|This article is written from the Real World perspective|
|The Avengers: United They Stand (TV Series)|
|Beginning date||October 30, 1999|
|End date||February 26, 2000|
|Number of Episodes||13 (Episodes)|
|Previous Series||Spider-Man Unlimited|
|Next Series||X-Men: Evolution|
The Avengers: United They Stand, often shortened to just The Avengers, is the animated television series featuring The Avengers team. It is the eighth and final series in the Marvel Animated Universe.
It was the first series featuring the Avengers, followed by The Avengers: Earth's Mightiest Heroes, Avengers Assemble, and Marvel Disk Wars: The Avengers. Though individual Avengers have had their own shows with The Marvel Super Heroes, The Incredible Hulk, Iron Man, and The Incredible Hulk while the team has been guest stars on several others.
The series was created during the backdrop of Marvel Comics financial problems during the late 1990s. The show is often considered the worst Marvel animated series ever created.
Rolad Poindexter approached Robert N. Kir and Marty Isenberg, both of X-Men fame, in 1997 about creating an Avengers cartoon. They detailed a thirteen-episode story arc, then decided that Captain America should have his own series. That series began development but was ultimately unproduced.
However, before Fox Broadcasting Company could greenlight the series, Marvel Entertainment went bankrupt. When the company resolved its problems Poindexter revived the Avengers series and approached Eric and Julia Lewald. The series was greenlit and Ron Myrick was hired to oversee the series visual development.
Captain America, Iron Man, and Thor were prohibited from appearing due to licensing issues. Eric Lewald stated that they did not want any of these characters overshadowing the others and the series becoming "Captain America and the Avengers" or "Thor and the Avengers". Ironically, this was one of the criticisms directed at Wolverine and the X-Men.
Scarlet Witch had a relationship with Wonder Man because of a storyline going on in the comics at the time. She usually was involved with Vision, and even married him, but was at the time separated.
The styles of this series and Spider-Man Unlimited were inspired by Batman Beyond, which itself was inspired by Marvel 2099. This was why the series was changed to some unknown point in the future. Emory Myrick claimed it was "about twenty-five years in the future."
The infamous armor designs were to "give them the capability to go into different environments like extreme heat or cold, or underwater, or outer space, and it'll enhance their abilities." Each armor was given an Avengers-style "A" to emulate the combadge from Star Trek: The Next Generation.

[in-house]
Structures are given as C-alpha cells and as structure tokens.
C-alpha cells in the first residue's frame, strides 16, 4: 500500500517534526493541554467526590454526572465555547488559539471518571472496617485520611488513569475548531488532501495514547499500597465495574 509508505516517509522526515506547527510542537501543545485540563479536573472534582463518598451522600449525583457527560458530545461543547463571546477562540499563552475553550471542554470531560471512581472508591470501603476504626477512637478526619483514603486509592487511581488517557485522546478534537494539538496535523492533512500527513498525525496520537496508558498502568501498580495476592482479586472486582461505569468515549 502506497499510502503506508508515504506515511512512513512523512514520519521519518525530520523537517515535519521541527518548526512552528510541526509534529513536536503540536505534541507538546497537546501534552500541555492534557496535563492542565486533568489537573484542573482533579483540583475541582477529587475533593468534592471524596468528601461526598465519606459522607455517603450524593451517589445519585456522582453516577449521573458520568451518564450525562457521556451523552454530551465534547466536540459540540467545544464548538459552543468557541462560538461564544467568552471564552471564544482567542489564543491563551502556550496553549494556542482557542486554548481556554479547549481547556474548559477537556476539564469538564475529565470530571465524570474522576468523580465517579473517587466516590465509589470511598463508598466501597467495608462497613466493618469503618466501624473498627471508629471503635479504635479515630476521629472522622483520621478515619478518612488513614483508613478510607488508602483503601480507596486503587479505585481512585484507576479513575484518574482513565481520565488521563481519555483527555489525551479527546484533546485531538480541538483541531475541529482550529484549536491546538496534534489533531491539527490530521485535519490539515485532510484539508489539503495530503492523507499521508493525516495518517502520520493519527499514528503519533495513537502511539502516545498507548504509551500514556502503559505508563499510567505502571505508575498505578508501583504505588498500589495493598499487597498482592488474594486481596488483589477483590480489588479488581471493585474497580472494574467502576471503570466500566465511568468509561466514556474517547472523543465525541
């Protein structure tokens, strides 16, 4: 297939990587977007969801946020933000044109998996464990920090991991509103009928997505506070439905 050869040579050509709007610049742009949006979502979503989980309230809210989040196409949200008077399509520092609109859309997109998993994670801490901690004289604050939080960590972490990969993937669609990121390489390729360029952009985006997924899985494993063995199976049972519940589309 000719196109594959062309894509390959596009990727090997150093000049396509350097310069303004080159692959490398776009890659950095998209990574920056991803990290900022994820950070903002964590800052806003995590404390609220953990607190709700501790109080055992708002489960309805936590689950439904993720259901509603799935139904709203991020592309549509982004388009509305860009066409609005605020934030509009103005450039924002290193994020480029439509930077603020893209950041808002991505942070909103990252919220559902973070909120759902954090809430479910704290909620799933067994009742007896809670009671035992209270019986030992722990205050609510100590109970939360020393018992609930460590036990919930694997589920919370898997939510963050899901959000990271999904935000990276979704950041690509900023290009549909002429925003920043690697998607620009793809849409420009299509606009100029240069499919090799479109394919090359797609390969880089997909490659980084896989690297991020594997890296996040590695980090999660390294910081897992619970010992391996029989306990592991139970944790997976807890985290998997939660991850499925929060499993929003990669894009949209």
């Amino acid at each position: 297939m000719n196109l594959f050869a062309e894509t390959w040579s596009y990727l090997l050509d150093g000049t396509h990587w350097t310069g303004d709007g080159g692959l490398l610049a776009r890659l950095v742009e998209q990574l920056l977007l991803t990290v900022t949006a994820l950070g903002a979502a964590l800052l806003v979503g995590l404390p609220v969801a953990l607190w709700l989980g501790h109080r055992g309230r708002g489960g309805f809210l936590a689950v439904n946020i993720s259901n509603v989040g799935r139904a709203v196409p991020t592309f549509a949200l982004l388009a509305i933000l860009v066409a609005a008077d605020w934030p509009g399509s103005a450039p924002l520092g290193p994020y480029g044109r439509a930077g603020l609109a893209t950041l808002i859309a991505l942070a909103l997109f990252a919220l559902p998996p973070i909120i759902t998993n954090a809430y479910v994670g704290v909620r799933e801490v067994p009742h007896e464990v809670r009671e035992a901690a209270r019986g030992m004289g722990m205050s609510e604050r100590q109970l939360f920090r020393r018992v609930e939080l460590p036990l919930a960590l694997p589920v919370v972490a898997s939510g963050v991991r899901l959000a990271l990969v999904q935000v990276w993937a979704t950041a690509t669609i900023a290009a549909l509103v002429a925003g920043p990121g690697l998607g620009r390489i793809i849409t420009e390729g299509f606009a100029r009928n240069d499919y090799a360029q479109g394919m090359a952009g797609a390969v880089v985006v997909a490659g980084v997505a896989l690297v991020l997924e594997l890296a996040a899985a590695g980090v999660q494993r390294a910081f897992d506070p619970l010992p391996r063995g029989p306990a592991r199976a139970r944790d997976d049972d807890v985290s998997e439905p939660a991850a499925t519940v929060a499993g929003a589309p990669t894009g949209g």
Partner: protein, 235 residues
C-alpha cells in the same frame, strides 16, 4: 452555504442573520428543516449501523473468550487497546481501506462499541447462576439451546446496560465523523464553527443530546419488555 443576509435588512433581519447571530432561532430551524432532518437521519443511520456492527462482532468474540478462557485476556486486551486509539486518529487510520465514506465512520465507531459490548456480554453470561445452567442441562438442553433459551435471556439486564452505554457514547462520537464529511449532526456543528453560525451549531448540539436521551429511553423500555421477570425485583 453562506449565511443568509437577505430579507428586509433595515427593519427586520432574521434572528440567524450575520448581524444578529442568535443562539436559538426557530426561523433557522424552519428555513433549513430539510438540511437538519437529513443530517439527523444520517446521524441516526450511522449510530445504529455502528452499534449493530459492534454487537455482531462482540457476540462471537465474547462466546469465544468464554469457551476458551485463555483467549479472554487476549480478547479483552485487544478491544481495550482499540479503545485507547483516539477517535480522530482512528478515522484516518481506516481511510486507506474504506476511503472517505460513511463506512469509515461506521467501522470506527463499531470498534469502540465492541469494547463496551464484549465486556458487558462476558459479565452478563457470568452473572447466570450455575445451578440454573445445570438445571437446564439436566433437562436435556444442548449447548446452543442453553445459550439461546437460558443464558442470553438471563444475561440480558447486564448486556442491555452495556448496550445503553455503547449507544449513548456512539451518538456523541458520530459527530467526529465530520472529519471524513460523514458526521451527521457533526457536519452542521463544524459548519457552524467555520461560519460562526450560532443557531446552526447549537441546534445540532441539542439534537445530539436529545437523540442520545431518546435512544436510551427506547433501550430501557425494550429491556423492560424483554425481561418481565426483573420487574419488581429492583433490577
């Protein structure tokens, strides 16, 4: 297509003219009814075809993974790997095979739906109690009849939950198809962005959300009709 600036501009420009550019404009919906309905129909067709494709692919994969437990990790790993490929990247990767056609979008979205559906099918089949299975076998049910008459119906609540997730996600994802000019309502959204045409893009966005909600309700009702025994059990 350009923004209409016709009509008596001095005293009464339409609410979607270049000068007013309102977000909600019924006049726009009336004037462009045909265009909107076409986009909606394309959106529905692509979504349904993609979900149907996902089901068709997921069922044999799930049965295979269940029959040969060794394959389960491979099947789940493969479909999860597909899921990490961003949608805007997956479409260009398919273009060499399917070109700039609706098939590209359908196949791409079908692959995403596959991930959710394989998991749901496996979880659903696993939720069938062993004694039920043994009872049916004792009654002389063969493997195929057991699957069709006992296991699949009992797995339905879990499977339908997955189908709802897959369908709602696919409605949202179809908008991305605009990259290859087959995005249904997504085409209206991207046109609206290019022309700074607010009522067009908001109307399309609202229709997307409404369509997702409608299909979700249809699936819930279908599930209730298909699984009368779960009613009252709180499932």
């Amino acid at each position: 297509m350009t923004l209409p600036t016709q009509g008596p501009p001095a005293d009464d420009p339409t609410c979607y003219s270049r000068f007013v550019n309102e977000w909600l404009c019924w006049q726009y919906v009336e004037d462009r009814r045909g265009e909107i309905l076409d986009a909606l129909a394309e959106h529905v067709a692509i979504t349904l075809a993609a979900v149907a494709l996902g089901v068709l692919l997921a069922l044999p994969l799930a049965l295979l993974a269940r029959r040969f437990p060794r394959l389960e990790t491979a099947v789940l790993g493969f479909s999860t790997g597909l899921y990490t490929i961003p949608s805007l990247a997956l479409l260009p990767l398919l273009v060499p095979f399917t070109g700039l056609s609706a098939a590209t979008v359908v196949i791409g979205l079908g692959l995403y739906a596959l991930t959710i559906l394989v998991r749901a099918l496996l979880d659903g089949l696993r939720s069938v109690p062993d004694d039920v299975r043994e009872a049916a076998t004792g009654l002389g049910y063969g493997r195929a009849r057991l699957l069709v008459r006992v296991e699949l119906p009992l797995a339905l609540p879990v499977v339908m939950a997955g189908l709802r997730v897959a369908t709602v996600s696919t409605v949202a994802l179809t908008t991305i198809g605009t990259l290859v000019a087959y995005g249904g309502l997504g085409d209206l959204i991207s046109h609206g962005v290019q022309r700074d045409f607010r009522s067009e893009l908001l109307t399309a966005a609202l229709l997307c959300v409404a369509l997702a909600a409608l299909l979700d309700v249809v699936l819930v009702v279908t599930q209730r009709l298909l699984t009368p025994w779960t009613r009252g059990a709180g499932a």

Due to a combination of low ratings and Marvel's financial problems, this series and Spider-Man Unlimited were cancelled after only thirteen episodes each. It would not be until 2011 that the Avengers got their own series again with The Avengers: Earth's Mightiest Heroes, featuring a more traditional team.
Like Silver Surfer, there were a number of proposed stories for the second season that never came to happen. Some include:
- A two-parter with Captain America.
- Hawkeye's return to the carnival where he grew up.
- A flashback of how Scarlet Witch discovered her powers.
- Appearances by the X-Men featuring actors from the X-Men series, many of whom voiced for the show.
- When Ant-Man got stick from Gamma Radiation during a battle with Egghead they could call upon Bruce Banner.
- A two-part episode with Thor and Loki.
Hank Pym leads the Avengers, a collection of Earth's mightiest heroes consisting of Wasp, Hawkeye, Wonder Man, Scarlet Witch, Tigra, and Falcon. The machine Vision, their first adversary gravely injures Wonder Man but is reprogrammed to be part of the team. The team then has to fight Vision's creator Ultron. They continue to fight villains such as Kang, Hawkeye's former mentor Swordsman, the Masters of Evil, Attuma, Zodiac, Egghead, Salem's Seven, and Grim Reaper.
The team comes across Ultron several times, with the mechanical villain becoming stronger and more powerful each time. Along the way they team up with legendary former Avengers Captain America, Iron Man, and Namor.